Extreme arsenic resistance by the acidophilic archaeon 'Ferroplasma acidarmanus' Fer1

Baker-Austin, Craig, Dopson, Mark, Wexler, Margaret, Sawers, R. Gary, Stemmler, Ann, Rosen, Barry P. and Bond, Philip L. (2007) Extreme arsenic resistance by the acidophilic archaeon 'Ferroplasma acidarmanus' Fer1. Extremophiles, 11 3: 425-434. doi:10.1007/s00792-006-0052-z


Author Baker-Austin, Craig
Dopson, Mark
Wexler, Margaret
Sawers, R. Gary
Stemmler, Ann
Rosen, Barry P.
Bond, Philip L.
Title Extreme arsenic resistance by the acidophilic archaeon 'Ferroplasma acidarmanus' Fer1
Journal name Extremophiles   Check publisher's open access policy
ISSN 1431-0651
1433-4909
Publication date 2007-05
Sub-type Article (original research)
DOI 10.1007/s00792-006-0052-z
Volume 11
Issue 3
Start page 425
End page 434
Total pages 10
Place of publication Tokyo
Publisher Springer Japan
Language eng
Subject 060599 Microbiology not elsewhere classified
Formatted abstract
‘Ferroplasma acidarmanus’ Fer1 is an arsenic-hypertolerant acidophilic archaeon isolated from the Iron Mountain mine, California; a site characterized by heavy metals contamination. The presence of up to 10 g arsenate per litre [As(V); 133 mM] did not significantly reduce growth yields, whereas between 5 and 10 g arsenite per litre [As(III); 67–133 mM] significantly reduced the yield. Previous bioinformatic analysis indicates that ‘F. acidarmanus’ Fer1 has only two predicted genes involved in arsenic resistance and lacks a recognizable gene for an arsenate reductase. Biochemical analysis suggests that ‘F. acidarmanus’ Fer1 does not reduce arsenate indicating that ‘F. acidarmanus’ Fer1 has an alternative resistance mechanism to arsenate other than reduction to arsenite and efflux. Primer extension analysis of the putative ars transcriptional regulator (arsR) and efflux pump (arsB) demonstrated that these genes are co-transcribed, and expressed in response to arsenite, but not arsenate. Two-dimensional polyacrylamide gel electrophoresis analysis of ‘F. acidarmanus’ Fer1 cells exposed to arsenite revealed enhanced expression of proteins associated with protein refolding, including the thermosome Group II HSP60 family chaperonin and HSP70 DnaK type heat shock proteins. This report represents the first molecular and proteomic study of arsenic resistance in an acidophilic archaeon.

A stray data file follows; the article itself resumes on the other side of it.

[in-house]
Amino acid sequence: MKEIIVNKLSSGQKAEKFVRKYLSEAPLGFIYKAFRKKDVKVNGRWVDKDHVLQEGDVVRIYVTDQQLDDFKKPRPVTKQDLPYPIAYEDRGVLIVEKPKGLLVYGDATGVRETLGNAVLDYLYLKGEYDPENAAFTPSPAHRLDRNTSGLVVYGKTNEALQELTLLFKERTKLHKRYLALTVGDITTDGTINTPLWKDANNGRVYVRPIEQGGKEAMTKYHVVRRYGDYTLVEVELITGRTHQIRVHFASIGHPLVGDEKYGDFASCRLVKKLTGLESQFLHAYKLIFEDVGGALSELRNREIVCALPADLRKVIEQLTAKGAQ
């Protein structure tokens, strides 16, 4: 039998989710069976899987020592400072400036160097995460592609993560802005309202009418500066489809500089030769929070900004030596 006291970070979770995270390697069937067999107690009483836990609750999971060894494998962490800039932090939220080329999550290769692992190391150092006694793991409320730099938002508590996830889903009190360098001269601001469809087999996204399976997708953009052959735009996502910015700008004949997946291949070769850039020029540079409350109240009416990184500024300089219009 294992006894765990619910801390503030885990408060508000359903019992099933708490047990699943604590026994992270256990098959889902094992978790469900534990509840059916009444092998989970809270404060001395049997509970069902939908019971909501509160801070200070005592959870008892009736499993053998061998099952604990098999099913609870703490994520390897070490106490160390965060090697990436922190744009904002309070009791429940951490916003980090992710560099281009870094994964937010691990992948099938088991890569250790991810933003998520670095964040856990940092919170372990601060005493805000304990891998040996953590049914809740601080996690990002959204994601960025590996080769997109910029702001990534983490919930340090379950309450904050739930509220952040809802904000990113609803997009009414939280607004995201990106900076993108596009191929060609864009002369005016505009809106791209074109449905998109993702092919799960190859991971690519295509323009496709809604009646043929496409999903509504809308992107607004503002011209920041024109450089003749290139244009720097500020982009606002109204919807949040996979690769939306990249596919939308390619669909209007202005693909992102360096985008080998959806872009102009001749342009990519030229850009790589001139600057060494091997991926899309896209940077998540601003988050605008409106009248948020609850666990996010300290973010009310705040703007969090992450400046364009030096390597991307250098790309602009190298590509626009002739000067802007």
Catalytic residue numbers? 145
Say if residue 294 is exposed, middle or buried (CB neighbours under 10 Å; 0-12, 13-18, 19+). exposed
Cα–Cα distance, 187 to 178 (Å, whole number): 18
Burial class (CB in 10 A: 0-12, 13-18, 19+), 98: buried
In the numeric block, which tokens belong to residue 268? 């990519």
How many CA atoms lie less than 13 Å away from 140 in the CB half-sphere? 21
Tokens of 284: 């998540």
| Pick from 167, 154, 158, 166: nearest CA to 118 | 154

Keyword Extremophiles
Q-Index Code C1
Q-Index Status Provisional Code
Institutional Status Unknown

Document type: Journal Article
Sub-type: Article (original research)
Collections: Excellence in Research Australia (ERA) - Collection
School of Chemistry and Molecular Biosciences
 
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Created: Fri, 05 Jun 2009, 15:01:02 EST by Gina Velli on behalf of School of Chemistry & Molecular Biosciences